Published By: HarperCollins
Date Released: 22/07/2021
Widower Mukesh lives a quiet life in the London Borough of Ealing after losing his beloved wife. He shops every Wednesday, goes to Temple, and worries about his granddaughter, Priya, who hides in her room reading while he spends his evenings watching nature documentaries.
Aleisha is a bright but anxious teenager working at the local library for the summer when she discovers a crumpled-up piece of paper in the back of To Kill a Mockingbird. It’s a list of novels that she’s never heard of before. Intrigued, and a little bored with her slow job at the checkout desk, she impulsively decides to read every book on the list, one after the other. As each story gives up its magic, the books transport Aleisha from the painful realities she’s facing at home.
When Mukesh arrives at the library, desperate to forge a connection with his bookworm granddaughter, Aleisha passes along the reading list…hoping that it will be a lifeline for him too. Slowly, the shared books create a connection between two lonely souls, as fiction helps them escape their grief and everyday troubles and find joy again.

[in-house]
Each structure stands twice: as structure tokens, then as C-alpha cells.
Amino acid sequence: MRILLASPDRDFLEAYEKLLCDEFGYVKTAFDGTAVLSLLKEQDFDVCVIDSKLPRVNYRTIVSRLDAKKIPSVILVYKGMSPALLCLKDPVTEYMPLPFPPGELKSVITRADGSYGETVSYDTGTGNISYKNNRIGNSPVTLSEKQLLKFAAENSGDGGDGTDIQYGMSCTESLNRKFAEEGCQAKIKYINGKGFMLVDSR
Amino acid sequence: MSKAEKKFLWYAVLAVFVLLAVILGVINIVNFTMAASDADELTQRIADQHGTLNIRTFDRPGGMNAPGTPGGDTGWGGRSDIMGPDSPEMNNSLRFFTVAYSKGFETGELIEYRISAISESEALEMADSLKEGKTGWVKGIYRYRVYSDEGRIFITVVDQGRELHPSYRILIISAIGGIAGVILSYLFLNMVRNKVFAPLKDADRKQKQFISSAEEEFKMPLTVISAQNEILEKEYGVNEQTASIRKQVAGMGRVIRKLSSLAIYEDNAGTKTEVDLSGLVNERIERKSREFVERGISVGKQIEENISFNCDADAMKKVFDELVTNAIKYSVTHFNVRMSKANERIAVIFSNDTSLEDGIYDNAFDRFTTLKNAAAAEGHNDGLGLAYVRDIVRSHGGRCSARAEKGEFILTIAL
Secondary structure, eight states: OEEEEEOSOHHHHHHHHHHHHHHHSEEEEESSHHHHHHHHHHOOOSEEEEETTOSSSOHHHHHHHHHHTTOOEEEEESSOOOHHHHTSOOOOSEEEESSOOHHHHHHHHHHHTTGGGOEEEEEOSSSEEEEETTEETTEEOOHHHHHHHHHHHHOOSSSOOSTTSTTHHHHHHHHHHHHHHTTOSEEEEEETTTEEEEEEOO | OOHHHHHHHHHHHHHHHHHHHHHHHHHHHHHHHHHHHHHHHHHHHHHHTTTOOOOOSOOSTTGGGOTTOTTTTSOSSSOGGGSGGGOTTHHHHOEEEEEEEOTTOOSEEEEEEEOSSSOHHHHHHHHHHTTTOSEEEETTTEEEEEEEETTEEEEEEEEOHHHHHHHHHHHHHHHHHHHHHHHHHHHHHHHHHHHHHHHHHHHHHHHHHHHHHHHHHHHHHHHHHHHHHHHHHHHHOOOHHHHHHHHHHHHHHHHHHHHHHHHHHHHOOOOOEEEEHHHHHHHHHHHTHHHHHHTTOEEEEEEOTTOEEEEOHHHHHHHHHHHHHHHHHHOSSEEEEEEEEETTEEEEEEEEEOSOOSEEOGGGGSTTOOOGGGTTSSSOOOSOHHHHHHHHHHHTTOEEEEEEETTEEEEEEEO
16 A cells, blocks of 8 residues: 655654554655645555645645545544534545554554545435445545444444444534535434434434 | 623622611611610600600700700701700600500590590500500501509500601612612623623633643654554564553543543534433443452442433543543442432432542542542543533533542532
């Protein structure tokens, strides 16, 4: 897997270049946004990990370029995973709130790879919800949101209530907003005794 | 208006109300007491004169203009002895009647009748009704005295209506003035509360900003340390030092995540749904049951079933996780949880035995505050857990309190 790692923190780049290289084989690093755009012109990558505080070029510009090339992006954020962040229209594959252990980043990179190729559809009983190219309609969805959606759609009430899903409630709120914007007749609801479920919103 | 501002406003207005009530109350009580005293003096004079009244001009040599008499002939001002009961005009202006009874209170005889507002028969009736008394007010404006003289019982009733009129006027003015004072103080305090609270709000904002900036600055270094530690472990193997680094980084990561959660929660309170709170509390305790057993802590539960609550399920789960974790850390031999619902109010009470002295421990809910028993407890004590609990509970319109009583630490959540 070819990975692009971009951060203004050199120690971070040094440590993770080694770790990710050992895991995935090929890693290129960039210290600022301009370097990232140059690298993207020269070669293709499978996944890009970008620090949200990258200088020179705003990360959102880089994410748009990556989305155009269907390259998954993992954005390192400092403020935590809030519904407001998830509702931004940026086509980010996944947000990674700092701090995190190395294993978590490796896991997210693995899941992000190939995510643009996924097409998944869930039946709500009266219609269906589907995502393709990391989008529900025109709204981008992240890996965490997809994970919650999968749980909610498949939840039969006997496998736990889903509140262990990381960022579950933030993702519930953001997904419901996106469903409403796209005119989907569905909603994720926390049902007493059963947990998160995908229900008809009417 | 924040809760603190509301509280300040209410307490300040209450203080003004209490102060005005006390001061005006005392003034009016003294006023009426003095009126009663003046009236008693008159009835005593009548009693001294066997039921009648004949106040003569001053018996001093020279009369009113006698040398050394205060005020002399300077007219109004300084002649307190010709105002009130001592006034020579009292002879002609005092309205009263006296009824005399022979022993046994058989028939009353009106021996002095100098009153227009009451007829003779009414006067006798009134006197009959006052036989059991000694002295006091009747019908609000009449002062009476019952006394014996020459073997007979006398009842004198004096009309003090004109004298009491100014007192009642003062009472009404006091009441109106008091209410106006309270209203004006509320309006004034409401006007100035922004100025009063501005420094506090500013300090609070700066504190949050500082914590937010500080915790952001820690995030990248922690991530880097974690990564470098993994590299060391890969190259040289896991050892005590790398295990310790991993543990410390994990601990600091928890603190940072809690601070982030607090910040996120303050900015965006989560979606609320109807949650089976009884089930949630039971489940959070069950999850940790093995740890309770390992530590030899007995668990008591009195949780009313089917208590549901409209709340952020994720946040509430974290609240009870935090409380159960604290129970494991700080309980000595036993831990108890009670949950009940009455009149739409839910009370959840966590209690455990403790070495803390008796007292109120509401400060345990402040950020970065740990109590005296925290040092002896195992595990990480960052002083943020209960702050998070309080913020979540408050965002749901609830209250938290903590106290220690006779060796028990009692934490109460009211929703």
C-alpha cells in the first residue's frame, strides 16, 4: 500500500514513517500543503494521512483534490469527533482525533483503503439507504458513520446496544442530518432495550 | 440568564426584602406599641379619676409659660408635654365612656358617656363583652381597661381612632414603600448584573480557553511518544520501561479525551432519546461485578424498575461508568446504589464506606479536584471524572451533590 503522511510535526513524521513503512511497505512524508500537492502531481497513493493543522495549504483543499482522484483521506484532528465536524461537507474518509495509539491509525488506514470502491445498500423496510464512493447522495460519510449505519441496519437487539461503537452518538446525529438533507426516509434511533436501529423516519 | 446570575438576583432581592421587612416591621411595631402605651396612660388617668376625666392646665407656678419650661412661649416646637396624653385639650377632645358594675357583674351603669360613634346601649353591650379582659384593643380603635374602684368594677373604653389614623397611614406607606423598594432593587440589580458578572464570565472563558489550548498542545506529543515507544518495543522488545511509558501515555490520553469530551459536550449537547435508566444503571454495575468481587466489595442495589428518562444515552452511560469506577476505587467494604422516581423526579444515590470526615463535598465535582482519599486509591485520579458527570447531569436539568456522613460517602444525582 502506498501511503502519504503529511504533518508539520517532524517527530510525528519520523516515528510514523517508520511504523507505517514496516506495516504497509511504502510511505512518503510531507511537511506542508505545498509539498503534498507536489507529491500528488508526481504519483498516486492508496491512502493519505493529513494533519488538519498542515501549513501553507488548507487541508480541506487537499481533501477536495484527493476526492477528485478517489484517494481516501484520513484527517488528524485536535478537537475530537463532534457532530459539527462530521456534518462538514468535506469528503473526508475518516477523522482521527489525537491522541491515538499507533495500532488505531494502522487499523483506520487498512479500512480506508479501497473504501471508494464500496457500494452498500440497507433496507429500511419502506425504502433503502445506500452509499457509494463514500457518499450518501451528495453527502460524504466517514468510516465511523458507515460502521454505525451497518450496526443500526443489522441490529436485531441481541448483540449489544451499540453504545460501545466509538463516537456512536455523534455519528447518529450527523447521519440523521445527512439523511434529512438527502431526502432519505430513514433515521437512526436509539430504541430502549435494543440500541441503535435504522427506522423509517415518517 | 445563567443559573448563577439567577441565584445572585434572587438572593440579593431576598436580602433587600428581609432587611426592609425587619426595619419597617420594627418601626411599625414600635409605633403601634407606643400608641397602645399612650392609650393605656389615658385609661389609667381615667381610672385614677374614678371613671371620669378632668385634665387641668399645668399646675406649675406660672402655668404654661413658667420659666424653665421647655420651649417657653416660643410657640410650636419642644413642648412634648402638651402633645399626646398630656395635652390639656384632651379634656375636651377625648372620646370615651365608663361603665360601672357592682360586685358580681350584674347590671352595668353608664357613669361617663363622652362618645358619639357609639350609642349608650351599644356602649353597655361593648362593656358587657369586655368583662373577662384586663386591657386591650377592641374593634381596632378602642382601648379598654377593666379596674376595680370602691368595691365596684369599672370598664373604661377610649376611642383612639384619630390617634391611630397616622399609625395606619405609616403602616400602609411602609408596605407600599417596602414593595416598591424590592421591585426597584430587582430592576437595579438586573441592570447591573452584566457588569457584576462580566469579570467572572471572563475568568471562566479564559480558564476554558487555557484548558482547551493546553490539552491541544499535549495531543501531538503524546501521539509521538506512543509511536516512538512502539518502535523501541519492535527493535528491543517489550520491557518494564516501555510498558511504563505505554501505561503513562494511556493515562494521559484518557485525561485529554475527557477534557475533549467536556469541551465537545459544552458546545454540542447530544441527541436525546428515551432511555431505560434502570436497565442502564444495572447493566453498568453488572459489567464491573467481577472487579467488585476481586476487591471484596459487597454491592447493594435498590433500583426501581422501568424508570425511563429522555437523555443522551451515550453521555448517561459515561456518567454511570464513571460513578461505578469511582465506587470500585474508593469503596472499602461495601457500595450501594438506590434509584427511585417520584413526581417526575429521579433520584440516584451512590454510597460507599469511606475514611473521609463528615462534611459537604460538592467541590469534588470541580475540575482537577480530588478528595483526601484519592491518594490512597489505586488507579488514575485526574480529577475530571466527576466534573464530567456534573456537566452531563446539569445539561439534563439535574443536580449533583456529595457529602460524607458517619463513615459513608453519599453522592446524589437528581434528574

Thanks to HarperCollins for the gifted copy of this title in return for an honest review.
Initially, having looked at the contents page, I was a little concerned that I wouldn’t be able to keep up with the multiple narratives, and at first I did get a little lost, but very quickly you do get to know the characters’ individual voices which makes it pleasant to read. All the characters were so different, but I can identify myself in all of them – and I’m sure every person who reads this book can also.
Unless you’re w proficient reader, it is hard to explain to someone just what books can do for you. In fact, no matter how much I read, I find it difficult to tell people why reading means so much to me and what it can do for me, but Sara manages to describe it perfectly without simply saying “reading makes me feel XYZ”. The way it’s written just speaks to your very soul and you end up totally within her world.
The books on the reading list in this book were:
⁃ To Kill a Mockingbird (read)
⁃ Rebecca (currently reading)
⁃ Life of Pi (not read)
⁃ The Kite Runner (read) – my favourite on this list
⁃ Pride and Prejudice (read)
⁃ Little Women (not read)
⁃ Beloved (not read)
⁃ A Suitable Boy (not read)
Reading this book as made me think about what books I would recommend to someone to read. I’ve got titles that mean so much to me and feel very personal that they feel like they were written just for me and I’d find it difficult explaining to someone why I like it.
The ending was so unexpected but heartwarming and lovely and fuzzy. It is a beautiful homage to our much needed libraries and show us how they can really help us during the bad times. This isn’t just a book about reading. It is a book about loss, grief, anger, growing up, sadness, loneliness, happiness, and above all else, love.